The establishment of the mortality figures which are so important with regards to the substances used in chemical warfare is determined in practice by placing a certain number of milligrams c of the chemical warfare substance concerned, either in pure form, in the form of a gas, fog, or dust. in one cubic metre of air.
The test animal is then placed in this poisoned atmosphere, and a determination is made, holding a watch in one’s hand, of how many minutes the animal can live in this atmosphere, because the mortality product is c.t = W. For reasons of experimental convenience, the chemical warfare material, particularly in the case of liquid substances, is not weighed on the scales, but rather measured by means of a pipette according to cubic millimetres. The desired number of milligrams is obtained by multiplying the number of cubic millimetres used by the density of the liquid chemical substance. Since the density of the liquid chemical warfare substance is not always known, one is often content with the the mortality figure W relating to cubic millimetres, which deviates only very inconsiderably
from the other mortality figure W, expressed in milligrams.
Table 5, p. 112, shows the mortality figures, determined in the above described manner, of a number of poison gas warfare agents; these are, of course, locally effective poisons, the first II of which, therefore, are governed by the formula c.t = W, in which c.t is nearly constant. Table 6 shows a few resorptive poisons [i.e., those which are excreted as they are inhaled] in which the mortality figures are dependent on the concentration in the air.
Hydrocyanic acid 1000-4000
Carbon Monoxide 70,000
An examination of these tables shows that the traditional poisons -- hydrocyanic acid, chlorine, carbon monoxide -- which used to be notorious for their effectiveness and which must also, and quite correctly, continue to be feared, are far less effective in gas warfare than other agents, and should therefore hardly be used in the field, because it is hardly possible, using these substances, to create gas clouds in which the concentrations of toxic active ingredient are high enough to produce a fatal effect over a lengthier period of time. This finding is rather surprising, and shows that science, in particular, toxicology, has gained considerably in both breadth and depth as a result of gas warfare.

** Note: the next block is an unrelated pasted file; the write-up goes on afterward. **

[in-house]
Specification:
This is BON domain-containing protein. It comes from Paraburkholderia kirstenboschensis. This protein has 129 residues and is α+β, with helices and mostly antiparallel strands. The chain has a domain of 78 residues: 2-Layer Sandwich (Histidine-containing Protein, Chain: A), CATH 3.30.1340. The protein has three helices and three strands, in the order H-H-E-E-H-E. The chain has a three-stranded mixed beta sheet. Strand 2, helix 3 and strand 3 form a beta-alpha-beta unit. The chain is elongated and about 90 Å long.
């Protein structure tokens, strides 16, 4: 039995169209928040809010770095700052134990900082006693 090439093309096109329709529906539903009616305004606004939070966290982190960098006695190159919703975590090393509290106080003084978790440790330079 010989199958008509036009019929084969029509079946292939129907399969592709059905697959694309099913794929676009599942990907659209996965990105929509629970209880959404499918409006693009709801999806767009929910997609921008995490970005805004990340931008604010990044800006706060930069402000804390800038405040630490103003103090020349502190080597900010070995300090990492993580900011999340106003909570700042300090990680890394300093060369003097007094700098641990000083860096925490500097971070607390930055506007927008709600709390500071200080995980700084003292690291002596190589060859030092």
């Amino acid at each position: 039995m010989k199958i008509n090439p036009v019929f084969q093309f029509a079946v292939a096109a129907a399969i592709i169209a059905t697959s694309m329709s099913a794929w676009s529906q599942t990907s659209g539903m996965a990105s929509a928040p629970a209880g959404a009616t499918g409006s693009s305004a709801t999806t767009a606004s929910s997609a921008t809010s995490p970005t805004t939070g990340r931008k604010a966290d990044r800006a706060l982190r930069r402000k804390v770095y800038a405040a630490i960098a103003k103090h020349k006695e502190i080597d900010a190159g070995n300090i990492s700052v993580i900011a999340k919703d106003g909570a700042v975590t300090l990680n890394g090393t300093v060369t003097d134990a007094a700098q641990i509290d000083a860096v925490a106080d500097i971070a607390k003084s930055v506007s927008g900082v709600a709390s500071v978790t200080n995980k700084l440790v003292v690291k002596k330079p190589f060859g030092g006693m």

There is another very noteworthy result, namely, the fact that extraordinarily small absolute quantities of combat gases are sufficient to cause intoxication. With phosgene, for example, the mortality figure is c.t = 450, i.e., a man will die after breathing air containing 450 mg of phosgene per cubic meter air for one minute. During this one minute, however, that same man inhales an average of 8 litres of air, so that, as far as he is concerned, one need only introduce 8.450/1000 mg phosgene, equivalent to 3.6 mg COCl2, in order to kill him.
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